The sureness of musical instinct informed his every activity, as composer, teacher and performer. He worried considerably about each new work in the process of composition. And yet, when we came to know them, they had elegance, style, finish and a convincing continuity. His problems as a composer concerned matters of aesthetics, of eclecticisim, of influence.
These limitations he recognised; they made him modest to a fault. But all his compositions, from the lightest to the most serious, “sound”; they have bounce and thrust and finesse; they are always a musical pleasure to hear.
Fine grew up musically during the ascendancy of the neoclassic movement. The style, as developed by Stravinsky and his followers during the thirties and forties, had a profound influence on the younger composer. It satisfied a deep need in Fine’s creative psyche — the need for an emotive world that includes imaginative freedom along with a sense of order and control. There is intensity and movement in all his music, and sometimes a surprising pathos. Yet always one is aware of the craftsmanship that shapes the composition with a sure hand.
In many ways he wrote music that was thoroughly representative of its time. Whether it is elegiac and richly textured as in the Serious Song, or rhythmic and athletically vigorous as in the Toccata Concertante, or dramatically dissonant and daring as in the Symphony, his music wins us over through its keenly conceived sonorities and its fully realized expressive content.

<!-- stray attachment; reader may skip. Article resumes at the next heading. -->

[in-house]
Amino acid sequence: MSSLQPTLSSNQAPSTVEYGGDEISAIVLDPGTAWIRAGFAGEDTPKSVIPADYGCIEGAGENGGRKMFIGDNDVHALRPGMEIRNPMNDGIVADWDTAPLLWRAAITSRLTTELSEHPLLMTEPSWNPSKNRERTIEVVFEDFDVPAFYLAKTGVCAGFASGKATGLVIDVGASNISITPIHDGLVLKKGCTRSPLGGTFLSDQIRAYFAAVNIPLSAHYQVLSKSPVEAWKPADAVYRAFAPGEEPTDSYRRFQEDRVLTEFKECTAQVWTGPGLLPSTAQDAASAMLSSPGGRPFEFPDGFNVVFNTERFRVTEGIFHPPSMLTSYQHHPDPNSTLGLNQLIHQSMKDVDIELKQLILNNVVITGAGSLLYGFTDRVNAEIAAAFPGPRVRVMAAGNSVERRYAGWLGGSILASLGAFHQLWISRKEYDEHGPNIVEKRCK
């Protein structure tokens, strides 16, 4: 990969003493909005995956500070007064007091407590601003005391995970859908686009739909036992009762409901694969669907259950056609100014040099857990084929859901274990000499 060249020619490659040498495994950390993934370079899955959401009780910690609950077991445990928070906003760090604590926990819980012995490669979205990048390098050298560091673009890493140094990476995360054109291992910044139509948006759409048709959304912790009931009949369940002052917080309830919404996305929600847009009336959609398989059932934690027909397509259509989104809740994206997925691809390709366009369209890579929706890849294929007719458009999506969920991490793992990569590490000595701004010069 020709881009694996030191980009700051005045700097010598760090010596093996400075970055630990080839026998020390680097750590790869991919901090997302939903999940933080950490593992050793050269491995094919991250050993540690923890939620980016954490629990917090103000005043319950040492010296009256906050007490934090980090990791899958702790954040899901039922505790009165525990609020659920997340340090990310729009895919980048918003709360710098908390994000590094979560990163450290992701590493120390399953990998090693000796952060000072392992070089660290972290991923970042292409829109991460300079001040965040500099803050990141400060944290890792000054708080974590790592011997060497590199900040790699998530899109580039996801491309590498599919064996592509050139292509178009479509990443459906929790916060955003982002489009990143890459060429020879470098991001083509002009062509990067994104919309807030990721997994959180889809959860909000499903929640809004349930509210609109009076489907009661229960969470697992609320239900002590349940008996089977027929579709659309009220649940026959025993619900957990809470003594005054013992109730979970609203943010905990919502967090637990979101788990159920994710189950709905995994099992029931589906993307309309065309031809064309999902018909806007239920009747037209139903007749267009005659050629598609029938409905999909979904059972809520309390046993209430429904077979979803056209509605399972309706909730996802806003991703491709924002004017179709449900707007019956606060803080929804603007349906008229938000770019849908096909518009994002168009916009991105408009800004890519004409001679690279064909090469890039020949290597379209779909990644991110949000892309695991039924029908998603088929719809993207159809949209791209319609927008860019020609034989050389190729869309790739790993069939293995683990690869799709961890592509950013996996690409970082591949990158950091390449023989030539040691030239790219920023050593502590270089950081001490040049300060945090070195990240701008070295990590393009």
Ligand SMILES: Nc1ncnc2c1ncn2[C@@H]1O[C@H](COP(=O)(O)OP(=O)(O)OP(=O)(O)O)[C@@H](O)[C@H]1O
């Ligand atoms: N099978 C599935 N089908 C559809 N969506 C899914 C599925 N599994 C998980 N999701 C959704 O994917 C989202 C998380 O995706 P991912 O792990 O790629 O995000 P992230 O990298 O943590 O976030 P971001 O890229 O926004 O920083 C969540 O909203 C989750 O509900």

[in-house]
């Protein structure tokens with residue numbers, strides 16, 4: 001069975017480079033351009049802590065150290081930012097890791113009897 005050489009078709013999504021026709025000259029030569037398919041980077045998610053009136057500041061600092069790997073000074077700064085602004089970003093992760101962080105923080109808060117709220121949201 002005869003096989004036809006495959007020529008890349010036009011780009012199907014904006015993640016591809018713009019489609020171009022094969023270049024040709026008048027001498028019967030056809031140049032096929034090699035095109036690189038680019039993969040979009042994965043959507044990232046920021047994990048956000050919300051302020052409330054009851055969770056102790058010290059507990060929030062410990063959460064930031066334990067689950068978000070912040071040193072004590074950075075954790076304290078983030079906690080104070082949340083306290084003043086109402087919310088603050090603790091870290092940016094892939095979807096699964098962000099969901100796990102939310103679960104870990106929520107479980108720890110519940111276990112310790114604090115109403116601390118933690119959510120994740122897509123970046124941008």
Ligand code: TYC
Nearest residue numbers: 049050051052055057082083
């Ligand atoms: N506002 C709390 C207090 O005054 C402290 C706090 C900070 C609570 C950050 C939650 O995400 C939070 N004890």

Special reference should be made to the Symphony partly because it represents the composer in his final phase and partly because it demonstrates a reaching out toward new and more adventurous experiences, in certain ways experiences outside the frame of reference of most of Fine’s music. It is strongly dramatic, almost operatic in gesture, with a restless and somewhat strained atmosphere that is part of its essential quality. It is saddening to think that Fine was not fated to carry through to full fruition the new direction clearly inherent in the best pages of the Symphony.”
Irving Gifford Fine was born in Boston on 3 December 1914, of an Eastern-European Jewish family who originally came from Latvia. His father, George, who was born in Hartford, Connecticut on 16 April 1891, who became a lawyer and married Charlotte Friedman, also born in Hartford, in 1894 and the marriage was not very successful and George was sometimes violent to his wife. When Irving was eight he came home from school one day to find his mother huddled in front of the stove with the gas jets on. The Fines had two daughters, Audrey (B 1916) and Barbara (B 1922).
Irving had perfect pitch and began piano lessons at the age of five at the East Boston Music Centre. He had acquired the nickname of Golem (monster) but he was obsessed with playing the piano and made the family maid quite annoyed. Irving did not have the best relationship with Audrey particularly when Papa George bought her a baby grand but he was always protective towards his sister Barbara. Father kept alcohol even in the days of Prohibition and Irving always had a voracious appetite and throughout his life there was concern at his weight.